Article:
Every general manager has a signing they want back. These, in retrospect, might qualify.
Young was brought on board after living down an incident in which he was charged with an anti-semitic hate crime, and willfully described the dog feces-handling he had to perform as punishment.
A guy classified as a DH by the American League team he’d just played for, Young was immediately knighted the 2013 starting right field by Ruben Amaro, who gave him so many incentives in his deal that it could balloon from $700,000 to $3.5 million if he kept losing weight.
Young started things off on the DL after having ankle surgery. In 291 plate appearances, he hit .261 with eight home runs and almost got his OPS to .700. He also did this:
Nix’s “mental toughness” and “football mentality” were the reasons Amaro brought him on in 2012. He got a two-year deal with the Phillies, because the Phillies don’t do one-year deals.
Nix hit what is probably his ceiling, .246 with a .727 OPS and three home runs, a number that seemed especially low given the size of his arms.
The next season, he helped the Phillies not make the playoffs a second time, hitting .180, failing to get that pesky OPS to hit .500, and striking out in 34% of his at-bats. He made $1.5 million doing these things. His total WAR with the Phillies was -0.6.
Fontenot was dropped by the Giants in spring training 2012, but the Phillies, jamming unproductive solutions into their gaping, gangrenous infielder-hole, scooped him right up in April on a minor league deal.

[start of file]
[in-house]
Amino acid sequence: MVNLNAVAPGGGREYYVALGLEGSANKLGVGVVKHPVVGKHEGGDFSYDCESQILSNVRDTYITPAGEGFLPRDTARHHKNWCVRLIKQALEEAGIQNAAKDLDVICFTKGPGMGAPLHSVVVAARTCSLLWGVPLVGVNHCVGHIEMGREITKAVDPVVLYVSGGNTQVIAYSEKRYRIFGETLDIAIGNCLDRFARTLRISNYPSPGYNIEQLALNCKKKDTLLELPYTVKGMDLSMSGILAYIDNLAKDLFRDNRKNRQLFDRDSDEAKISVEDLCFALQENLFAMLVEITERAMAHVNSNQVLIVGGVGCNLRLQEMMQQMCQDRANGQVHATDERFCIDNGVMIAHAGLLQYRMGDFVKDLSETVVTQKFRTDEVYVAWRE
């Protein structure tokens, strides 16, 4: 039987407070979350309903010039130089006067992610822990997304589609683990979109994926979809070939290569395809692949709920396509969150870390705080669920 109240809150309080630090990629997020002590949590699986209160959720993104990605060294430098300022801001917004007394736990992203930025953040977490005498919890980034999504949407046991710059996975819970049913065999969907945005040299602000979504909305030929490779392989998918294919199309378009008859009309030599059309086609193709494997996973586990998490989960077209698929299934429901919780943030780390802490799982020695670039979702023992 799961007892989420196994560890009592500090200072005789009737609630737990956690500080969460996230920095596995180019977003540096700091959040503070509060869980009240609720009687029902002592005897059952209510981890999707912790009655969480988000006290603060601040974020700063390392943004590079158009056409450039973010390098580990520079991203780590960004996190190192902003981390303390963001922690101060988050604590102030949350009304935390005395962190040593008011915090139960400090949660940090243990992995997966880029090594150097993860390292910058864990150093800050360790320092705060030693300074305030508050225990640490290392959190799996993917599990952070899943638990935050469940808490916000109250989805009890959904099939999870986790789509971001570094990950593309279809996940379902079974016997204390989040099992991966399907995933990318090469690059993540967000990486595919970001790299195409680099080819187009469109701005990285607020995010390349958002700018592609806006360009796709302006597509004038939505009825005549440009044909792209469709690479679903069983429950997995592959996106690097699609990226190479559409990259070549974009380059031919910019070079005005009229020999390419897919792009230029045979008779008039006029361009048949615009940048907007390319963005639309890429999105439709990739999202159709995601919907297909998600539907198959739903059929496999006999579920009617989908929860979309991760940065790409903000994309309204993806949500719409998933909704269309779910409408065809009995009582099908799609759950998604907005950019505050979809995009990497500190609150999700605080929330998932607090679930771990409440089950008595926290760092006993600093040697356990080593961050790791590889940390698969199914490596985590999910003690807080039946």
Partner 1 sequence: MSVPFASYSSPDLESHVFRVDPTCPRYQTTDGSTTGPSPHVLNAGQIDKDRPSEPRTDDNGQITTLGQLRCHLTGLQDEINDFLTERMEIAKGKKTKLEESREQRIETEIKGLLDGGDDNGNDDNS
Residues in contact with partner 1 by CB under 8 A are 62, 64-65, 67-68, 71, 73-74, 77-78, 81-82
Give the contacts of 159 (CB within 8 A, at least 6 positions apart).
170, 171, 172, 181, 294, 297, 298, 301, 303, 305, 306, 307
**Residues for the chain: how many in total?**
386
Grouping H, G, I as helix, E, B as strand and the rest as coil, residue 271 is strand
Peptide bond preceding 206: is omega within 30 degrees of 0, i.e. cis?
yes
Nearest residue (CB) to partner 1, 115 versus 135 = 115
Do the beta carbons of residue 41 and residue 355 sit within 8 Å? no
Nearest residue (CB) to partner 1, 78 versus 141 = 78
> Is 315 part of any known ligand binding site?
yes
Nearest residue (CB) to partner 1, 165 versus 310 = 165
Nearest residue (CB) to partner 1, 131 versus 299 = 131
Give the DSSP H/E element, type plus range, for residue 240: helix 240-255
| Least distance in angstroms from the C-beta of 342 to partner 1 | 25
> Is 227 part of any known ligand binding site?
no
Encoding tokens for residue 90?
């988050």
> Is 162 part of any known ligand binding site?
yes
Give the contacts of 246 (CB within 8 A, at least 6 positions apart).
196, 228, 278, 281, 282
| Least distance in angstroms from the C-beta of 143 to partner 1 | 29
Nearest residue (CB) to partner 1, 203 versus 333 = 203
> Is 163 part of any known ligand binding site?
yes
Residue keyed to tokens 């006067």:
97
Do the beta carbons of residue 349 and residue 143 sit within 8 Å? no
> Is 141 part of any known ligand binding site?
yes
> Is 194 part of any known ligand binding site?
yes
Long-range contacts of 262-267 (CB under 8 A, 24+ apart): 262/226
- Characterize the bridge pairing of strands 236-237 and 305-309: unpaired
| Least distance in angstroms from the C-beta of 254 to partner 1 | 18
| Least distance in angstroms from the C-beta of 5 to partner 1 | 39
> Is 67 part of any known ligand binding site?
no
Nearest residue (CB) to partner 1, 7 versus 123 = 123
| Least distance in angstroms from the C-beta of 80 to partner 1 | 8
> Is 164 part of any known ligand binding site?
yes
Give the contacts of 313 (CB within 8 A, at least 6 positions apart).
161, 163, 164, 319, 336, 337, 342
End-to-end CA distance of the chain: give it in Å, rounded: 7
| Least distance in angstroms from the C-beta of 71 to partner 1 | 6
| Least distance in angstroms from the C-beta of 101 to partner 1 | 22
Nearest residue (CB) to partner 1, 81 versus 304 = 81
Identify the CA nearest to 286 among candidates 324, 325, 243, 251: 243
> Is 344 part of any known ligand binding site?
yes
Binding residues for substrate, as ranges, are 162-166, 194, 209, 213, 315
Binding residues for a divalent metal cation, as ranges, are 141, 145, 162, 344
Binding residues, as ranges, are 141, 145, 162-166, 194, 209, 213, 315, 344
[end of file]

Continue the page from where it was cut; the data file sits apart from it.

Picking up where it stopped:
He got bumped up to the Majors in May and actually assembled a decent stat line at .289/.343/.340, but couldn’t hit lefties and was dumped in August to make room for treasured Phillies prospect Michael Martinez, who would go on to hit .174 in his second of three straight sub-.200 seasons.
The 1997 Phillies gave Danny Tartabull $2.3 million . That would prove to be far, far too much to ask.
Tartabull’s Phillies career lasted 11 magical plate appearances, in which he struck out four times, walked four times, and the particularly fateful 11th one, during which he fouled a pitch off his toe and never played baseball again.
He did score two of the 1997 Phillies’ 668 runs, though; this would be his highlight for the year, after a productive young career during which he at one point led the league with a terrifying .593 slugging percentage in 1991.
It’s easy to find his year in Philadelphia on the spreadsheets, though. Just ctrl+F “.000.”
Eaton put his signature on a three year, $24 million deal in 2007 while Pat Gillick nodded in approval. Everything was going great.
On April 5, Eaton started against the Braves and gave up seven runs in 4.2 innings. Hey, it happens. In July, he gave up six runs in four innings while the Phillies lost their 10,000th game ever, 10-2 to the Cardinals. His 6.29 ERA was widely considered “horrible.” When the Phillies went to the playoffs for the first time in a decade and a half, Eaton did not join them on the post-season roster. In 2008, he was bumped out for Joe Blanton.
Fortune smiled upon Eaton, though, as he was included in the September call-ups as a bullpen piece. The Phillies did not let him touch the ball. The last time he pitched, four games for the Rockies in 2009, he managed to get his BB/9 higher than his SO/9 (9.0 to 7.9).
"Lance us a pennant!" the Phillies marketing campaign was in 1987, a phrase that makes no sense, unless there was a cool ’80s trend in play in which people used medevial weaponry in everyday speech. Regardless, modern technology does not recognize it as an actual sentence.
Lance was not a pennant, unfortunately. The Phillies signed Parrish after his ten-year stint in Detroit, where he amassed a .263 average and .753 OPS that the Phillies for some reason thought could single-handedly win them the National League.
After five consecutive All-Star seasons, Parrish blew a gasket and hit a not pennant-winning .245. The next season, he hit .215 and somehow made the All-Star team, probably because of his 200% increase in triples (from 0 to 2).